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Servo Creel Development

Owen Lu
Electroimpact Inc.

Abstract—This document summarizes the overall process of bandwidth control of the dancer position can be achieved with
developing the servo tension control system (STCS) on the new no tension loss. Subsequently, the tension in the tow can also be
generation Electroimpact AFP H16 heads. Overall, the system was controlled to a far greater degree of accuracy and can be
developed to increase both reliability and performance predicted to within 3% given a velocity profile.
simultaneously, and a fully functional H16 prototype head has
since demonstrated these feats by performing layup on a Boeing The following processes are the strictest requirements placed
spar tool. on the servo tensioning system during operation.

I. INTRODUCTION 1. The system is turned on with some nominal tension in


A large portion of the research and development done at the tow
Electroimpact Inc. done until recent times was done as a direct 2. The reference is set and the servo controls the dancer
response to a problem that a customer has brought up. From to the reference position via velocity input to the motor
process experience operating the machines, optimizations are 3. After this, one of two scenarios will be realized
often made between generations of AFP heads as well as within a. Case 1: A step velocity input at the feed is
the same generation if the hardware is not functioning as well as activated at 3000in/min
expected. This approach while time-efficient becomes very b. Case 2: A ramp velocity input at the feed is
costly as it is a rudimentary form of R&D conducted on-site activated at 0.5G up to 4000in/min
requiring expensive engineering hours, expedited mechanical
parts and often in the absence of high bandwidth measurement These requirements would result in a material addition speed
devices found in a lab. The solutions pertaining to tension increase of 87.5% and a top speed increase of 11.1%. More
problems often require significant process experience to importantly, the dancer tension is predictable based on control
implement correctly and also require knowledge debugging
constants and in the presence of functioning sensors will never
pneumatic systems as well as tuning a highly non-linear control
result in tension loss, or sudden tension spikes even in the
loop without system identification.
presence of an unlimited number of acceleration cycles.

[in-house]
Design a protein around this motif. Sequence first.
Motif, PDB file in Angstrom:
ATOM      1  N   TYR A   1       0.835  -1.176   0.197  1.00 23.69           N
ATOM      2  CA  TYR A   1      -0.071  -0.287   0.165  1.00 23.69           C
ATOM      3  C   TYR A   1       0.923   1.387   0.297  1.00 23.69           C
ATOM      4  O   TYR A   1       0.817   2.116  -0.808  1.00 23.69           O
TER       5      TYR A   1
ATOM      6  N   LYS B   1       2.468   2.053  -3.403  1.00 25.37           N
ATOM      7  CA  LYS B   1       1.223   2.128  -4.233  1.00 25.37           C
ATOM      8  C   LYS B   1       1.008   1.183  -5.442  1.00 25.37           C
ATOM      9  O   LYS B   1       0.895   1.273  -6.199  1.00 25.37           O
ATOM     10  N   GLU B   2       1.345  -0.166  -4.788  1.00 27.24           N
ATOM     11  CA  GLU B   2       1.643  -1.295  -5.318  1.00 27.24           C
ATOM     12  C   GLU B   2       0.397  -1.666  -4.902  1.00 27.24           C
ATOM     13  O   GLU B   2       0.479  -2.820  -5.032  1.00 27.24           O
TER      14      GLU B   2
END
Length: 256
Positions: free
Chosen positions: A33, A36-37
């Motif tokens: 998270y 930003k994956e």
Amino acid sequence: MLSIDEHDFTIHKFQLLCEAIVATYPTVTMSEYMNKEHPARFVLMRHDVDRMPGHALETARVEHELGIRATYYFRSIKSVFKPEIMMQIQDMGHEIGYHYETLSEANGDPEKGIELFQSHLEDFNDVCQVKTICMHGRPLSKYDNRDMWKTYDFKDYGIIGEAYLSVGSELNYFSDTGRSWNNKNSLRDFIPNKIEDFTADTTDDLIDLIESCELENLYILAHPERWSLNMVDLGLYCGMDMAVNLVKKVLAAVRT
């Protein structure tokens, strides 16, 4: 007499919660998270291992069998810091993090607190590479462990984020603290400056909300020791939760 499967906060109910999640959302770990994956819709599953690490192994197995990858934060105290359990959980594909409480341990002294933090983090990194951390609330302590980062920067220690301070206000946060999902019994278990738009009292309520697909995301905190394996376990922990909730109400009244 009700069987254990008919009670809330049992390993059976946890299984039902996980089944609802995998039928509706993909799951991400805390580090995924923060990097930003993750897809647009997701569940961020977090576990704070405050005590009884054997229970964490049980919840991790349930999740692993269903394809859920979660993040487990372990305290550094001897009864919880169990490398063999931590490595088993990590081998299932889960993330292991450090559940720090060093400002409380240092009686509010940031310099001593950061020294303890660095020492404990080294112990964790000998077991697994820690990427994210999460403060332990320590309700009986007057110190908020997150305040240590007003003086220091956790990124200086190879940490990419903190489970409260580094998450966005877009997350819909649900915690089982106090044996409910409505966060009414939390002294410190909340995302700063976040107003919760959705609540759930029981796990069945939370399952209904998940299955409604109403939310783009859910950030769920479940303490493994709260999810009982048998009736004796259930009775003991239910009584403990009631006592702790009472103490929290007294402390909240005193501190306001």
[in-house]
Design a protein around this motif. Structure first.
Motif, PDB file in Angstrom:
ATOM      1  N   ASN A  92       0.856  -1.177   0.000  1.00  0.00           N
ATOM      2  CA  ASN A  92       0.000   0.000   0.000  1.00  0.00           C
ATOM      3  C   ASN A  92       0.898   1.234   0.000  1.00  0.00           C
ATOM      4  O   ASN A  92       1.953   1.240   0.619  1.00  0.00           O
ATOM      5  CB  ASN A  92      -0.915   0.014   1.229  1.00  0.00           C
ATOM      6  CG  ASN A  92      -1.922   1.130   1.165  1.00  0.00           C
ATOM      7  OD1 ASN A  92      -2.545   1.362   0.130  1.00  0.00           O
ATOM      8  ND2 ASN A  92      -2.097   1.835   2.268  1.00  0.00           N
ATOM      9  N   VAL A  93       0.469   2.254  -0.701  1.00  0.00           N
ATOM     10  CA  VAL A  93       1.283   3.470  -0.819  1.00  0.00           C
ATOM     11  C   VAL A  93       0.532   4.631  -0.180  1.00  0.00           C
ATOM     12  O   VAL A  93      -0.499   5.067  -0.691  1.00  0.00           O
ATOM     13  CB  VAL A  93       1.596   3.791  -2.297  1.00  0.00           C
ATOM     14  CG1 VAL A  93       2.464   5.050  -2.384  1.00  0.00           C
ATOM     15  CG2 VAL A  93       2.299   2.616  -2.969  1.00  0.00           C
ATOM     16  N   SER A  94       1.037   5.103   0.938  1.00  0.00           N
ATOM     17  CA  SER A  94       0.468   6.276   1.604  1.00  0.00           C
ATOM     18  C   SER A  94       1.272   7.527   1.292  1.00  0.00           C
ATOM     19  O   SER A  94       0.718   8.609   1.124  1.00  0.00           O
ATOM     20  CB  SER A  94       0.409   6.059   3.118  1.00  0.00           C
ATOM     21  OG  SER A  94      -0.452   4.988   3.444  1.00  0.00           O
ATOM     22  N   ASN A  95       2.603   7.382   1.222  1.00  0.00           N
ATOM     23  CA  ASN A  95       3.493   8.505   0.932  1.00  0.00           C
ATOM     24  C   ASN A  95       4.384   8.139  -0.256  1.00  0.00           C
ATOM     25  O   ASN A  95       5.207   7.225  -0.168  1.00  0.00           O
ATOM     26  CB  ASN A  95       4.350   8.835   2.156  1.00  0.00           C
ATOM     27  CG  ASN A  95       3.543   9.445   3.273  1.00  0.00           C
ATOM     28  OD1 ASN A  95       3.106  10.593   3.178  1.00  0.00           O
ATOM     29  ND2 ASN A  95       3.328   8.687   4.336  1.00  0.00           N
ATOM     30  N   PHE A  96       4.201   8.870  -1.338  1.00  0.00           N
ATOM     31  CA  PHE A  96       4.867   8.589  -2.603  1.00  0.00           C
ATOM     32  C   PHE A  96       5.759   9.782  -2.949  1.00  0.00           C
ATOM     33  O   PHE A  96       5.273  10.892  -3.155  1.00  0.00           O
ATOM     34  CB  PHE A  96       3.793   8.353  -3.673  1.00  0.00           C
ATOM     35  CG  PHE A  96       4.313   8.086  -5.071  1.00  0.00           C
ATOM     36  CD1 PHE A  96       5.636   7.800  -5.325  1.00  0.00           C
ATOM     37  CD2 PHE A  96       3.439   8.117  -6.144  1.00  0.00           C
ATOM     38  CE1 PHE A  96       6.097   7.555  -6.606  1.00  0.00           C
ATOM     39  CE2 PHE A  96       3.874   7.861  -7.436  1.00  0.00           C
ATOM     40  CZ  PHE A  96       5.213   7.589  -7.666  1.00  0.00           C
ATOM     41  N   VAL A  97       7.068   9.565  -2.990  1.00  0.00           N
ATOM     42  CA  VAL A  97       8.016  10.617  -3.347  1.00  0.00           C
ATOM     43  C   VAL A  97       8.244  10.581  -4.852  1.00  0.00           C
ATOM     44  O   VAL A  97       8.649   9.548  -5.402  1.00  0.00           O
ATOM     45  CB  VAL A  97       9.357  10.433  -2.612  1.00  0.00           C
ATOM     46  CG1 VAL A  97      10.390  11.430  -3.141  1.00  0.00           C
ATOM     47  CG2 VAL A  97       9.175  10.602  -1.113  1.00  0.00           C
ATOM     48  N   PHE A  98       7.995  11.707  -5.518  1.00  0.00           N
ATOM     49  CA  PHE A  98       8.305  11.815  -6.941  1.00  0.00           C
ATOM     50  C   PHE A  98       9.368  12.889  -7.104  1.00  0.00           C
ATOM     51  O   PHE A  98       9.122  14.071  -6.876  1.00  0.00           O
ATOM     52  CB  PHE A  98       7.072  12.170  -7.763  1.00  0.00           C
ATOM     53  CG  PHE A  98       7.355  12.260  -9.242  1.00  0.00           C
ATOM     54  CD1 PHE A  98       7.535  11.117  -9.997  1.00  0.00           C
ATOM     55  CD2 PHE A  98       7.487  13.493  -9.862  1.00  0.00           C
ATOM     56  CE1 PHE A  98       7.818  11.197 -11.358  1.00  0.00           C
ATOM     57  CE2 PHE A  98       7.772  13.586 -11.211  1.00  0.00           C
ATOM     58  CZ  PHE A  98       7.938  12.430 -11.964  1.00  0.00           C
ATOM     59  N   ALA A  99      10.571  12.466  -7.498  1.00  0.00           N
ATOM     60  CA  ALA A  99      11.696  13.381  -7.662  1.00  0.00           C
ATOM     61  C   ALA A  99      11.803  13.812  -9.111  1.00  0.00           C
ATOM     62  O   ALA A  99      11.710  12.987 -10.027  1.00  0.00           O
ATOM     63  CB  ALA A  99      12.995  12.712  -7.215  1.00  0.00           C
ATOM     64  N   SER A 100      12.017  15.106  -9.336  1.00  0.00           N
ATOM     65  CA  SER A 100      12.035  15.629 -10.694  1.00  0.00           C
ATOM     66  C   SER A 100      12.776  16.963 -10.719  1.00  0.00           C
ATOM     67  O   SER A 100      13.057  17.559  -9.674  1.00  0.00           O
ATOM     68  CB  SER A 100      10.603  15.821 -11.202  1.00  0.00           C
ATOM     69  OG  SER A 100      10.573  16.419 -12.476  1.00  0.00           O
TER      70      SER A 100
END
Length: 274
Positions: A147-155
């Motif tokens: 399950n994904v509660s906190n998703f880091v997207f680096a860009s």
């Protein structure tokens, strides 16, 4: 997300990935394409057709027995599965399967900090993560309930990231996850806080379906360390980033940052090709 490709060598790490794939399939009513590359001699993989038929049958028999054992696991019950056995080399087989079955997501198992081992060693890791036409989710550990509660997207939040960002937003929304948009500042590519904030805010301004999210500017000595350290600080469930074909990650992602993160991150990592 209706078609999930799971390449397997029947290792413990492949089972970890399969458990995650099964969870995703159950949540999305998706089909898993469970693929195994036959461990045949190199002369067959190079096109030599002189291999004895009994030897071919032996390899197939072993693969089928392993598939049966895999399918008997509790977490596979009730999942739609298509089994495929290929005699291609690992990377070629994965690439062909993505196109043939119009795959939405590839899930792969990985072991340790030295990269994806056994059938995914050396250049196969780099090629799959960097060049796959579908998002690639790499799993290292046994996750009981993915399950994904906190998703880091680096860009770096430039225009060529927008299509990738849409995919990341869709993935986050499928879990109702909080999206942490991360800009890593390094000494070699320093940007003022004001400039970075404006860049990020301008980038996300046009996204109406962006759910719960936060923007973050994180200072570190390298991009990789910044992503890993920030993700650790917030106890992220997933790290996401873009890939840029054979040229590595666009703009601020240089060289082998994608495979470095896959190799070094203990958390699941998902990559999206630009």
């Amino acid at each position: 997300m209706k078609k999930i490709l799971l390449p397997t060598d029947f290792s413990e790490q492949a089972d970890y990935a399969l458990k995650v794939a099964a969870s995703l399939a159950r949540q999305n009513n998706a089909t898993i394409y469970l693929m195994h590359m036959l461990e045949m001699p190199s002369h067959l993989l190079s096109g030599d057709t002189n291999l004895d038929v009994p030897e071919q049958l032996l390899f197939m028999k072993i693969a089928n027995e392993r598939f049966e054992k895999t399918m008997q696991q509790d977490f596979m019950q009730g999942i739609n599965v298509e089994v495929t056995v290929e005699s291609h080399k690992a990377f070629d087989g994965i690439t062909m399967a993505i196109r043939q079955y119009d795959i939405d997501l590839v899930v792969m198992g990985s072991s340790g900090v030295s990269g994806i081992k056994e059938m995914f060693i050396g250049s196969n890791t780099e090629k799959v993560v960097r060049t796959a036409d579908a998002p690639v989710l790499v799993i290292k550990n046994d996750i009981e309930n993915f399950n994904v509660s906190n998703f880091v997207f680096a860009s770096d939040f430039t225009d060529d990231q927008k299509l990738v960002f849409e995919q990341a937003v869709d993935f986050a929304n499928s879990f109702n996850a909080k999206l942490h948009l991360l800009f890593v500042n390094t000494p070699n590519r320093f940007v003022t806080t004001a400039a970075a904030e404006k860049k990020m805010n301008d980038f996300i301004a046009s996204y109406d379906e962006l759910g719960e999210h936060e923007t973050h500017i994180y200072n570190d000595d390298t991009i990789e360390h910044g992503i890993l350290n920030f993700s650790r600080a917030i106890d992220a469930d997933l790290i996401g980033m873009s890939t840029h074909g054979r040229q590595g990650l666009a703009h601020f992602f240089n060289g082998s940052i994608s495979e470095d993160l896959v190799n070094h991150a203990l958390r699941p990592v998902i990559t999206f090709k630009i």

The main principle behind developing the servo creel system
was to improve performance while maintaining or exceeding III. CONTROLLER DESIGN AND INERTIA
current reliability and reduce the risk of integration. Naturally, Initially, the tensioning problem was separated into two
introducing a completely new electromechanical system to the problems to be solved in sequence. The first was to develop a
current machines carries a large risk. Thus, a ground-up simple and effective control structure for reducing the peak
approach, building simulations predict performance and to torque required during the payout process. A numerical
identify suitable systems combined with an emphasis on simulation was created to understand the advantages of
experimental testing was taken. Every subsystem that composes
different control structures and the effect on torque
the STCS was tested both independently and in combination
consumption which was used to narrow down the motors
with relevant parts in the worst case scenario operation.
Furthermore, a fully functional prototype head was created using considered. This allowed resources to focus on the advantages
the same subsystems and has been demonstrated to be working. of different systems in terms of implementation as opposed to
finding a motor that had optimal performance and form factor
After the initial proof of concept was deemed successful a single for the application.
lane prototype connected to a robot was done in order to verify
the real-world performance of the tensioning system. Further
test benches were created and extensive testing was done on the
sensors, power delivery, and mechanical assembly to ensure that
in isolation and in combination the major components exhibited
robust performance. Finally, a full prototype AFP head was
created in order to nail down the exact architecture of the
machine before delivery to the customer.
II. SPECIFICATIONS Figure 1 - Initial simplified control structure for motor
sizing/controller design
This project has been undertaken in order to remedy tow
slack issues in the 777X project. During a large number of high
acceleration cycles and high-speed operation, slack would likely Once this structure was identified, a model estimate of inertia
occur. Using servo drives instead of pneumatic brakes, high was combined with experimental data in order to quickly
identify suitable motors for the process. Weighing carbon integration with respect to our current PLC system to
spools and creating solid models with similar geometry and minimize risk.
uniform density was used to estimate the inertia of the spool
which is the main inertial element in the system. Interpolation IV. DIAMETER SENSOR TESTING
methods were then used to estimate the inertia for any radius Central to the problem of creating a reliable STCS was the
that lies within the range of modeled values. sensor selection. The two main elements are the linear
displacement and diameter sensors. The linear sensors used
A simple model of inertia was made and fitted to the data for were the same as the ones used in the production
interpolation.
Since STCS research is being conducted simultaneously, the
(1) same test rig was used, a solid model representation is shown
in Figure 4.

Figure 2 - Example of a curve fit to estimate load inertia

After the inertia estimate, frequency domain identification was


used to get a better estimate of effective inertias present in the
system.

Figure 4- Solid model representation of the test apparatus

The reason it is mounted to the test rig is so that the servo can
rotate and the angular position of the output shaft can be